This blog used to be hosted on another domain (itsybitsybytes.com), until I decided it was a better move to have it as a subdomain of my personal homepage: programming.bogdanbucur.eu
All it took was half a day, a lot of googlin' and three big steps.
1. Set up Ghost on the new domain
Since the old blog was using an obsolete version of Ghost and I didn't care in particular for anything else but the content, I took the easy way out and simply installed a new Ghost blog.
The new install process (Ghost 4.0, for those reading this in the future) was amazingly simple. It took care everything, including setting up the domain and SSL for the domain. All I had to do was to import the posts from the old site. Even though it came from a Ghost 2.0 blog, there were no problems there.
However,** there was one extra step I did before importing the json backup**. Some of the posts used to have hardcoded references to the old domain. My fix was simple: open the json file inside a text editor and do a simple replace: from
For the images there is no restore inside the CMS (as far as I know), so I did it the old fashioned way: uploaded everything that was insides the
content/images folder on the previous blog to the new
You might run into some permission problems because of this trick, so make sure to run the following commands after you are finished:
sudo chmod 775 /var/www/sitename/content/images
sudo chown -R ghost:ghost /var/www/sitename/content/images
where the path
/var/www/sitename/content/images depends on your installation, of course. The Ghost forum takes credit for the last one.
With the new blog up and running, it was time to sunset the old one.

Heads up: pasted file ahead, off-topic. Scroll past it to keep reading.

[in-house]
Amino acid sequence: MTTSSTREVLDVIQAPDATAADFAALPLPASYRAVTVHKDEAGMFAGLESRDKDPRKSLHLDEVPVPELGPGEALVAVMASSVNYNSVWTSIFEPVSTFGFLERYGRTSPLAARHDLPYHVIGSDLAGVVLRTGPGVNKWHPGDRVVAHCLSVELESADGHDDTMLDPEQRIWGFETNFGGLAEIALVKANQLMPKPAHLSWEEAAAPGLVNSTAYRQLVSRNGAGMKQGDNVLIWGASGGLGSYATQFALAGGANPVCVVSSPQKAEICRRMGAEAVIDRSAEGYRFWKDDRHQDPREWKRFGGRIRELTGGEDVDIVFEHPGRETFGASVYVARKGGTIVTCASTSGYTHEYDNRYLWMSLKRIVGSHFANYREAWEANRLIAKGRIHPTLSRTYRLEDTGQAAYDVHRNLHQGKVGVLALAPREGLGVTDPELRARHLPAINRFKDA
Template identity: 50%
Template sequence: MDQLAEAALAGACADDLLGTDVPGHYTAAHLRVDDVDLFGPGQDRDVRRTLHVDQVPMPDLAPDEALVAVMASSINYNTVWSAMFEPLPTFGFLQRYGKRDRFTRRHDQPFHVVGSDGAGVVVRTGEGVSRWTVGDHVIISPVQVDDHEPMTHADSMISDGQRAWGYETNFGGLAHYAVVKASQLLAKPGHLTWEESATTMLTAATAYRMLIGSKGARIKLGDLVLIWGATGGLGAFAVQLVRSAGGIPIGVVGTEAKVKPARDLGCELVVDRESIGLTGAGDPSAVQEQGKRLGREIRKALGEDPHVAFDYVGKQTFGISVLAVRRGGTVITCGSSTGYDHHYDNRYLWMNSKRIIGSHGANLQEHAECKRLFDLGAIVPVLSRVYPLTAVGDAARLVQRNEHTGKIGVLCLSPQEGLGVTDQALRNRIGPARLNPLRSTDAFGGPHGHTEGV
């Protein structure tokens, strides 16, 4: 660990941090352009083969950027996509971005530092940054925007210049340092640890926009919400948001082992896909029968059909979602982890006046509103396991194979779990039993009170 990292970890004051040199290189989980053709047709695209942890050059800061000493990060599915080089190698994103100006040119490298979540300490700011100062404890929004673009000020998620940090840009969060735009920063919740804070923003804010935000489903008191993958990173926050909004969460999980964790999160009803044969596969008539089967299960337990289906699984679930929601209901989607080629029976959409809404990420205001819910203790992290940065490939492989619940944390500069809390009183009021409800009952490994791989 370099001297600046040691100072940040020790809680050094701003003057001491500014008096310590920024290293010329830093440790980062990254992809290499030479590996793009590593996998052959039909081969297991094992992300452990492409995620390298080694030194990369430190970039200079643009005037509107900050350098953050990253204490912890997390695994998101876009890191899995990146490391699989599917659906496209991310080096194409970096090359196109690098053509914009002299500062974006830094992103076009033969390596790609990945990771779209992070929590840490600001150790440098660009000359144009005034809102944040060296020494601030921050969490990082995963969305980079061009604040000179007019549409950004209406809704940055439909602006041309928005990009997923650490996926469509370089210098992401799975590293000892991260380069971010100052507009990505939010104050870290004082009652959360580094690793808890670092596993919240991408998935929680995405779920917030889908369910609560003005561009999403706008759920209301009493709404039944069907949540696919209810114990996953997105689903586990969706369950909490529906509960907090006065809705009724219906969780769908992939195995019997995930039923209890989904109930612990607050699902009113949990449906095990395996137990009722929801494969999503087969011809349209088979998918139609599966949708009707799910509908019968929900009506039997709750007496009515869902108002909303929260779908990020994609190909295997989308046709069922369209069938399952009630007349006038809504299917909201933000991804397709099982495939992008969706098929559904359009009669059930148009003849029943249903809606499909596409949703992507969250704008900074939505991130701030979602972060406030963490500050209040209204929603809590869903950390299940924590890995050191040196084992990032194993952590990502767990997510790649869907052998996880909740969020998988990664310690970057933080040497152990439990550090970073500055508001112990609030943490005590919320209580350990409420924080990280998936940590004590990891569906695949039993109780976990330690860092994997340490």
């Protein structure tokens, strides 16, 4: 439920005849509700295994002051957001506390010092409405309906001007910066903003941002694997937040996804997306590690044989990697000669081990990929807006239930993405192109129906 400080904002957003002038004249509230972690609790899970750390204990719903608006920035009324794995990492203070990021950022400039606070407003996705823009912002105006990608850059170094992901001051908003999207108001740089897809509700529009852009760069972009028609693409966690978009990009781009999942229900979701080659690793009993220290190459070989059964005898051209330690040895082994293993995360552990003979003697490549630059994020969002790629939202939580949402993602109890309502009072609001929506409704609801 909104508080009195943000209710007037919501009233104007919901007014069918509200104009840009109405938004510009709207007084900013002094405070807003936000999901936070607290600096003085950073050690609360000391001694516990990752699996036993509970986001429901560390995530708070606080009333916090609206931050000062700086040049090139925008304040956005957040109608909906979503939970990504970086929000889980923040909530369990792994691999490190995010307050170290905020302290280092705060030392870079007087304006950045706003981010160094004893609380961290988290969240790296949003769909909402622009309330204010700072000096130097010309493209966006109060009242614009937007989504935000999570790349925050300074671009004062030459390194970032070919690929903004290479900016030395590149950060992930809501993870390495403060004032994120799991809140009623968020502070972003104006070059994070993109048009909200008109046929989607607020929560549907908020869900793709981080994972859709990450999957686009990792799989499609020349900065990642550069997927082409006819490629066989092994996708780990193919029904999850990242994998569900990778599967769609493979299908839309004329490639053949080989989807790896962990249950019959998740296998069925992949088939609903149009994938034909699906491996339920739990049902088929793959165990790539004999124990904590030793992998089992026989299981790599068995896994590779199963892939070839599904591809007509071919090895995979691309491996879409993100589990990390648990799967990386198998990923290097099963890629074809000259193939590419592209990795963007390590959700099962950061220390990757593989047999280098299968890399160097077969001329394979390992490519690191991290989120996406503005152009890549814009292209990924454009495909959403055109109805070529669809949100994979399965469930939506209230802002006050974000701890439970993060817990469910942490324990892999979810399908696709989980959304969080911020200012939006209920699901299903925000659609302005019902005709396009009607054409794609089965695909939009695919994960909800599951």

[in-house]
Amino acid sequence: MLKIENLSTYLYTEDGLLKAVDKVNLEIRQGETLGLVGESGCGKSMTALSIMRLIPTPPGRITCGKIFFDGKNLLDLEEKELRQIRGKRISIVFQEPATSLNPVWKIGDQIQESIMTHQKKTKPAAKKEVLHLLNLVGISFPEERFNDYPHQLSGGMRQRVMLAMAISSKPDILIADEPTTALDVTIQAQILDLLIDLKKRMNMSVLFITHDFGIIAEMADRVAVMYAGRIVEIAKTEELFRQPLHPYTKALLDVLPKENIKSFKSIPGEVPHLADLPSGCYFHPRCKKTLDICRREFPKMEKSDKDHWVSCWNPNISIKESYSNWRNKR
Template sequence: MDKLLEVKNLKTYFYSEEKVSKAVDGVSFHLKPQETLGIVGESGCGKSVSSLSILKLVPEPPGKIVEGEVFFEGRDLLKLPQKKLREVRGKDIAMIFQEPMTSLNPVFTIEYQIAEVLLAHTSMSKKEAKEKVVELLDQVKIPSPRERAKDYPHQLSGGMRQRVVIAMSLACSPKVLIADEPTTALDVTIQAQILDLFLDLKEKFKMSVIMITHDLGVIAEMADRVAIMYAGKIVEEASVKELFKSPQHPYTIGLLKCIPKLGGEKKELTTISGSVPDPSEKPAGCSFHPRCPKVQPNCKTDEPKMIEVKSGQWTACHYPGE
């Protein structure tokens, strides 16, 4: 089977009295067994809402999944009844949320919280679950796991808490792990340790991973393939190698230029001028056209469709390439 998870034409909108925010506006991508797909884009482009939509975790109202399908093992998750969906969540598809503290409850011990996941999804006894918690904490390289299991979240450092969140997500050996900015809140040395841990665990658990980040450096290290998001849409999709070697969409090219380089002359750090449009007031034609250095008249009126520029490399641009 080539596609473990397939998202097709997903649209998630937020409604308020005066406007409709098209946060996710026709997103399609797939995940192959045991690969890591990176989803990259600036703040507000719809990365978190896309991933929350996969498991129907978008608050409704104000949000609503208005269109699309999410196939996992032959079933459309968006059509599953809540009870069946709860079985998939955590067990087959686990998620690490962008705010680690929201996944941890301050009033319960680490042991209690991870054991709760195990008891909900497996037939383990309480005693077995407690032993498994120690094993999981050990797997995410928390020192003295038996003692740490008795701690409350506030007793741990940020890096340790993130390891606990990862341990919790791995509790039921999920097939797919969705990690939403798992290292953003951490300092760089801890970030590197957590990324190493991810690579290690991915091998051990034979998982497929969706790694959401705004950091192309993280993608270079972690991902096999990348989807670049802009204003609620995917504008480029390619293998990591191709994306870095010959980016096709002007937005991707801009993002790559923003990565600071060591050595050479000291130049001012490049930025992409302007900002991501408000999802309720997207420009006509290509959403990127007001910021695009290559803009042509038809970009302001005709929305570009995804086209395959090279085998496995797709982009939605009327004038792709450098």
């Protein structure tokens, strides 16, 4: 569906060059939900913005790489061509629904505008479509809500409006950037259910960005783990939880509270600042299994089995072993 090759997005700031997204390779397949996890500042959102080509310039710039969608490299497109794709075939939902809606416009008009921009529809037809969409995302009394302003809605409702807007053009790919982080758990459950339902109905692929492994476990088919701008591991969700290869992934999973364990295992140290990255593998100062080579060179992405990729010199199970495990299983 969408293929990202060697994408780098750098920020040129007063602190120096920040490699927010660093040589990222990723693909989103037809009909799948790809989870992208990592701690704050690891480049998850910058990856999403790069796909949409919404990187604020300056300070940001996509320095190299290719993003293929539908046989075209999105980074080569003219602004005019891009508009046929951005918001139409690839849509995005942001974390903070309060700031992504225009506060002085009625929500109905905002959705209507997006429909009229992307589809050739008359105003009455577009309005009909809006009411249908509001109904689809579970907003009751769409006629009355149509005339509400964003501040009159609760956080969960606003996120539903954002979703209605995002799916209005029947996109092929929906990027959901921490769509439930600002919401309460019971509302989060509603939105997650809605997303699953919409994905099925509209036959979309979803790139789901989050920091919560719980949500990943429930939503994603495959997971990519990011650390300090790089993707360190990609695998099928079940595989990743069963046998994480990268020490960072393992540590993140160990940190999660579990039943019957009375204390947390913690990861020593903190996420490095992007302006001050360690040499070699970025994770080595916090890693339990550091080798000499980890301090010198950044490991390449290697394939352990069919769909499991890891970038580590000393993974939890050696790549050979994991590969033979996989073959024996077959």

2. Redirect all requests to the new domain
I once again turned to Google for help and ended up on this Ghost forum topic: Change name and domain of the blog
There is no setting inside of Ghost for this sort of redirect, but it can be fixed with a simple nginx rule.
return 301 https://yournewdomain.tld$request_uri;
You need to insert it inside the
location block, after commenting or deleting the old reverse proxy code.
This one line of code is all you need, assuming nothing else changes with the URL structure. All that's left to do is preserve any love you might have from the search engines.
3. Let Google know
In theory, the 301 redirect should be enough for the SEO part. However, for Google, the big one, there is one extra step you could take to make the transition more fluid.
Just read the info on the Search Console help page for the Change Address Tool. After you're ready, head on up to the Change Address Tool itself and start the process.
And that was it! You might not teach an old dog new tricks but you sure can give an old blog a new domain!